Freeh's BP Report Finds No Conflict of Interest
Probe clears spill claims administrator despite staff misconduct
NEW YORK -- An investigation led by former FBI Director Louis Freeh cleared the BP claims administrator of misconduct in handling settlement payouts from the 2010 oil spill in the Gulf of Mexico, but found some of his staff took kickbacks for referrals, said Reuters.
BP has said the multibillion-dollar settlement is being mishandled by Louisiana lawyer Patrick Juneau and called for an independent inquiry into allegations against a lawyer working for the administrator.
U.S. District Judge Carl Barbier, who is overseeing the civil case on the spill in New Orleans federal court, named Freeh a "special master" handling the probe in July.
Freeh found there was no evidence that Juneau "engaged in any conflict of interest, or unethical or improper conduct," although he could not say the same of some employees.
"Despite the clear ethical 'tone at the top' and sound written policies established by Mr. Patrick Juneau, many of his key executives and senior attorneys engaged in conduct which the Special Master finds to be improper," Freeh said in the 93-page report.
Freeh found Louisiana lawyer Lionel Sutton, known as "Tiger," received a "referral fee" of around $40,000 to pass a claimant to another lawyer while working for the administrator. The probe also named Christine Reitano, another administration office employee, who worked with Sutton on the deal.
Juneau placed Sutton on administrative leave when the allegations first surfaced, and he later resigned.
BP said Freeh's report confirmed its suspicions of fraud and unethical conduct within the claims process and company spokesman Geoff Morrell said "immediate steps need to be taken to prevent it in the future."
But Juneau said the incidents were isolated and that the report found no evidence that the two employees "directly manipulated the valuation of claims."
"We will continue the job of processing claims," said Juneau.
The program was designed to compensate victims of the April 20, 2010, explosion of the Deepwater Horizon drilling rig and rupture of BP's Macondo oil well, a disaster that killed 11 people and resulted in the largest U.S. offshore oil spill.
BP has already incurred about $42.4 billion of charges related to the disaster. It originally expected the payout program to cost $7.8 billion, but has said the bill could be much higher.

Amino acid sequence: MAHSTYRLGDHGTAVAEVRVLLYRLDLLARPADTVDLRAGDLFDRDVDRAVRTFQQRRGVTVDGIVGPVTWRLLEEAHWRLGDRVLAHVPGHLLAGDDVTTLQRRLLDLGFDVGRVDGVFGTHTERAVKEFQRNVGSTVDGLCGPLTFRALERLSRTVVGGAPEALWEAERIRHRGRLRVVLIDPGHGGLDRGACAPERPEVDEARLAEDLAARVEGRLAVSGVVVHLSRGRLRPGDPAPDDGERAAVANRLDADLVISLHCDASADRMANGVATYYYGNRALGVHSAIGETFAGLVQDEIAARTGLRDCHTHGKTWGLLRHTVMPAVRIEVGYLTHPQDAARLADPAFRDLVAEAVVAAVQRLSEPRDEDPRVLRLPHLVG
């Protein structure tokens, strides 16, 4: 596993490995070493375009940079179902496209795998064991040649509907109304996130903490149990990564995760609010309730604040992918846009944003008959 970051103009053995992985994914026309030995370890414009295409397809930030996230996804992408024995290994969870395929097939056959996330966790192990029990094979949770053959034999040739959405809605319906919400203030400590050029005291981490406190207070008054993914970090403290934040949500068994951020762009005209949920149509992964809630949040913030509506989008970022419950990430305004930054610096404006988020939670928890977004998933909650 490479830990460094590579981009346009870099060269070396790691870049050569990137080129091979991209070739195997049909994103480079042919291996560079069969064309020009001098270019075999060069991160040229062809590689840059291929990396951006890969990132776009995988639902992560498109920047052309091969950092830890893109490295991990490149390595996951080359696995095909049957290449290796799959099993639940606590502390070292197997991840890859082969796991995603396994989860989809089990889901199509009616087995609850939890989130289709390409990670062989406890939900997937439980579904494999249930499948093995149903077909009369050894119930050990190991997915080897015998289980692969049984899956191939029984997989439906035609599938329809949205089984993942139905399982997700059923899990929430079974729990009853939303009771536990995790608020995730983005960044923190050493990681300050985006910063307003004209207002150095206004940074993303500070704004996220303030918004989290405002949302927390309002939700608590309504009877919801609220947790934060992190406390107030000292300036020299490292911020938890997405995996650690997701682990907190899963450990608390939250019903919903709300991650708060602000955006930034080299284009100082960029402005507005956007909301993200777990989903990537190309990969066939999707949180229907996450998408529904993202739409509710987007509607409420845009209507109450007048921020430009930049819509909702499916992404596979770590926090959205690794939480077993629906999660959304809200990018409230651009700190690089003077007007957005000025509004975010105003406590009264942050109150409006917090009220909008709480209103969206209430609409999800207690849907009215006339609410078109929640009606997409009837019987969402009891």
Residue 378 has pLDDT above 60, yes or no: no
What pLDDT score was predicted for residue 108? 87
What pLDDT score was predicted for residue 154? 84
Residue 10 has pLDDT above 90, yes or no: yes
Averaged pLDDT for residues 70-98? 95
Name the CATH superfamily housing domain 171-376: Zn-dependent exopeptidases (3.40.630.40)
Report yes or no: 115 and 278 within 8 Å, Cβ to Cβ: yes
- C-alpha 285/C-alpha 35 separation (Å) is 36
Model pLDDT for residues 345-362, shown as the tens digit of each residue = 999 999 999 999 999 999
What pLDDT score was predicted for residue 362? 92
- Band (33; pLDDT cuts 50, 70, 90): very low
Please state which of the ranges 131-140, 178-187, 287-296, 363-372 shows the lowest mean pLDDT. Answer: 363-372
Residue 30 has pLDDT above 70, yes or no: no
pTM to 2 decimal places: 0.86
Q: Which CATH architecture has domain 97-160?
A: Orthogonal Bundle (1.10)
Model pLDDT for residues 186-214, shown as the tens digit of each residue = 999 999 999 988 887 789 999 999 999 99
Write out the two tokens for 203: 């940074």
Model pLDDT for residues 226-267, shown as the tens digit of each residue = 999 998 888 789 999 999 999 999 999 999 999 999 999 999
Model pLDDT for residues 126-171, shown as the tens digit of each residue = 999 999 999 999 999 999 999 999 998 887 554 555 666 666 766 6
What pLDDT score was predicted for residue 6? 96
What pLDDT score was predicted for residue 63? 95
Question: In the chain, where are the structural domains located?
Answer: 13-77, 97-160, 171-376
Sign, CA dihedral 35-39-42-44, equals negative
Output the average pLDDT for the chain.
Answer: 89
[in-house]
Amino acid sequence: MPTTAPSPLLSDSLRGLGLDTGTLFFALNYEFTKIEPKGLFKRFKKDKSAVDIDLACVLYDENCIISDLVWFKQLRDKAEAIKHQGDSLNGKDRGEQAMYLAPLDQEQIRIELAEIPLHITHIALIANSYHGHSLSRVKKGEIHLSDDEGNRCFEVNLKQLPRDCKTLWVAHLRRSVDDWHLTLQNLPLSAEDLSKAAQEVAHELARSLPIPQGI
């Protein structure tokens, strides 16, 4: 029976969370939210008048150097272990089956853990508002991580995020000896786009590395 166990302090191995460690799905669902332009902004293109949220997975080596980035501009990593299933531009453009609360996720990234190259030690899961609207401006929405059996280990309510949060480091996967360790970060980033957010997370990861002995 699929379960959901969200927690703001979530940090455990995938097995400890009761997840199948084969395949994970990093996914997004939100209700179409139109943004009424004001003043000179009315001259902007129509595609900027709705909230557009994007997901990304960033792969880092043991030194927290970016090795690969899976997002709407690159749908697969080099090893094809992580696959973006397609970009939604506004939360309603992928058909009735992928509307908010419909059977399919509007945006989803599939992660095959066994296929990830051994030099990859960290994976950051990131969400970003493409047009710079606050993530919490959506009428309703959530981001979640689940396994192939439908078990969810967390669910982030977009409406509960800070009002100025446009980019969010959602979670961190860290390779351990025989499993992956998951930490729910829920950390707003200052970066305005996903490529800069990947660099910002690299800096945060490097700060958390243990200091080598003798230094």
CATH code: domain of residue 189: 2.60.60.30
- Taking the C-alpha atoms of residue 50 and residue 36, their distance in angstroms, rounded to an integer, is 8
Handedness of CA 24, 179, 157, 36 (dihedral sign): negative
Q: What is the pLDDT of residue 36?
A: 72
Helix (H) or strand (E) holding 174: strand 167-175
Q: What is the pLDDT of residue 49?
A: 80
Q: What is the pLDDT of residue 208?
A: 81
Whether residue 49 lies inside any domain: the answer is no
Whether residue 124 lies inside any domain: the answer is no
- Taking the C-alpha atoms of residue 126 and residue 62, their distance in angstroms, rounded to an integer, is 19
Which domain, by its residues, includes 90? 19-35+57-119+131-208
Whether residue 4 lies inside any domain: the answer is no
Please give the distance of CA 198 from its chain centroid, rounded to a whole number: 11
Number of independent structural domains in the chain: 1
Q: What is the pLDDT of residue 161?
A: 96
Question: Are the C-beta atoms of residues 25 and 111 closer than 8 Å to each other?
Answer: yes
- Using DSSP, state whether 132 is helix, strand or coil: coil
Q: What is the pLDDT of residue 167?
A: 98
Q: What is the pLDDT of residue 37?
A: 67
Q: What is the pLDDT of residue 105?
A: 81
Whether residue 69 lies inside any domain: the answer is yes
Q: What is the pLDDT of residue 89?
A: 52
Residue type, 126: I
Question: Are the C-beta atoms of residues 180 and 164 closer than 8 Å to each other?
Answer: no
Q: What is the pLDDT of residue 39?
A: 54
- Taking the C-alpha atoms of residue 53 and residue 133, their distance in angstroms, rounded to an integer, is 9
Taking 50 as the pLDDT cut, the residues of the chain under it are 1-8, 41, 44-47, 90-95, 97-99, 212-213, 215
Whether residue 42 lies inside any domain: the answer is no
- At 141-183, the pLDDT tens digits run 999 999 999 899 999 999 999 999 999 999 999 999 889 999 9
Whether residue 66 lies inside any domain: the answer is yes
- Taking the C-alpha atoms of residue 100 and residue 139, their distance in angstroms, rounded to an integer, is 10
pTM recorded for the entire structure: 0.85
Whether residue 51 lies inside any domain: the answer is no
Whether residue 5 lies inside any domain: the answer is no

The company considers Juneau's payout formula too generous and believes it compensates people who were not harmed.
BP is awaiting a decision by a federal appeals court on its challenge to the payment formula, which Barbier had previously rejected. Barbier on July 19 rejected an earlier BP request to suspend payouts pending Freeh's review. The judge also oversees a consolidated civil lawsuit against BP and its contractors over the spill.
"Judge Freeh's initial investigation report confirms what BP has suspected for some time: There has been fraud and unethical conduct within the facility itself and among various claimants and their lawyers--and immediate steps need to be taken to prevent it in the future," Geoff Morrell, BP's newly appointed senior vice president of communications and external affairs said in a statement provided to CSP Daily News.
"Judge Freeh has confirmed that 'many' of the [court supervised settlement program] CSSP's 'key executives and senior attorneys' engaged in 'pervasive' improper and unethical conduct, some of which may have been criminal," Morrell said. "He also found that at least one outside law firm sought to exert undue influence on claims determinations on behalf of itself and its clients. What's more, the report revealed that, contrary to repeated assurances to BP and the public that the CSSP's ability to detect fraud was 'robust,' in fact the CSSP's key vendor responsible for, among other things, in-house fraud detection was ineffective and had conflicts of interest. The evidence of conflicts of interest and misconduct assembled in Judge Freeh's report is shocking, but it simply underscores that neither BP nor the public has had any idea of what's really going on within the CSSP. Judge Freeh's continued investigation is essential to assuring public confidence in the integrity of the claims process."